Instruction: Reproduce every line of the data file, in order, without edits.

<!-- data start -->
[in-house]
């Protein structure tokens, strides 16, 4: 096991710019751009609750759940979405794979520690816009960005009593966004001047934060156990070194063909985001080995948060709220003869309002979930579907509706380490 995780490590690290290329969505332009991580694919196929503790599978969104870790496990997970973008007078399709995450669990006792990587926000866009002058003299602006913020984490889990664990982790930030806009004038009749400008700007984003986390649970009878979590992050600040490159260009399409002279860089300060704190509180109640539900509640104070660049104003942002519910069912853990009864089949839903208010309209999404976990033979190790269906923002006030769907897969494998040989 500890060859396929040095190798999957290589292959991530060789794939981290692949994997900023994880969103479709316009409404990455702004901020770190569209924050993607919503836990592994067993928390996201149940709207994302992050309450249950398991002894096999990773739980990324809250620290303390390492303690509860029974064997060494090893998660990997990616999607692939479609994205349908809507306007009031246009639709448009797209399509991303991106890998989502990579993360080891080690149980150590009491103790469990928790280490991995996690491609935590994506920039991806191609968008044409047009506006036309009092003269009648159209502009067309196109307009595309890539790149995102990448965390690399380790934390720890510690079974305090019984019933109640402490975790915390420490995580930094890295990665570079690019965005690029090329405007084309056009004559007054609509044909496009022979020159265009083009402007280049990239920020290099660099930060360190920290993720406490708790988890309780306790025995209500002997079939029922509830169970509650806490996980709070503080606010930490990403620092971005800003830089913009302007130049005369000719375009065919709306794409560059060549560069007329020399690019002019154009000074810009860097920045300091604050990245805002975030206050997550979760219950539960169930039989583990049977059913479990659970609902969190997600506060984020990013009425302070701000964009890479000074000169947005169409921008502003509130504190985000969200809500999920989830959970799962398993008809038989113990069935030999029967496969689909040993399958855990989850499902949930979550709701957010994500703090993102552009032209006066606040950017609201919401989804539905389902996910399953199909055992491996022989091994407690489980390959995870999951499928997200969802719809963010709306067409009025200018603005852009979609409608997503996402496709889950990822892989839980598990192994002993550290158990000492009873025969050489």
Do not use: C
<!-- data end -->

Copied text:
[in-house]
């Protein structure tokens, strides 16, 4: 096991710019751009609750759940979405794979520690816009960005009593966004001047934060156990070194063909985001080995948060709220003869309002979930579907509706380490 995780490590690290290329969505332009991580694919196929503790599978969104870790496990997970973008007078399709995450669990006792990587926000866009002058003299602006913020984490889990664990982790930030806009004038009749400008700007984003986390649970009878979590992050600040490159260009399409002279860089300060704190509180109640539900509640104070660049104003942002519910069912853990009864089949839903208010309209999404976990033979190790269906923002006030769907897969494998040989 500890060859396929040095190798999957290589292959991530060789794939981290692949994997900023994880969103479709316009409404990455702004901020770190569209924050993607919503836990592994067993928390996201149940709207994302992050309450249950398991002894096999990773739980990324809250620290303390390492303690509860029974064997060494090893998660990997990616999607692939479609994205349908809507306007009031246009639709448009797209399509991303991106890998989502990579993360080891080690149980150590009491103790469990928790280490991995996690491609935590994506920039991806191609968008044409047009506006036309009092003269009648159209502009067309196109307009595309890539790149995102990448965390690399380790934390720890510690079974305090019984019933109640402490975790915390420490995580930094890295990665570079690019965005690029090329405007084309056009004559007054609509044909496009022979020159265009083009402007280049990239920020290099660099930060360190920290993720406490708790988890309780306790025995209500002997079939029922509830169970509650806490996980709070503080606010930490990403620092971005800003830089913009302007130049005369000719375009065919709306794409560059060549560069007329020399690019002019154009000074810009860097920045300091604050990245805002975030206050997550979760219950539960169930039989583990049977059913479990659970609902969190997600506060984020990013009425302070701000964009890479000074000169947005169409921008502003509130504190985000969200809500999920989830959970799962398993008809038989113990069935030999029967496969689909040993399958855990989850499902949930979550709701957010994500703090993102552009032209006066606040950017609201919401989804539905389902996910399953199909055992491996022989091994407690489980390959995870999951499928997200969802719809963010709306067409009025200018603005852009979609409608997503996402496709889950990822892989839980598990192994002993550290158990000492009873025969050489």
Do not use: C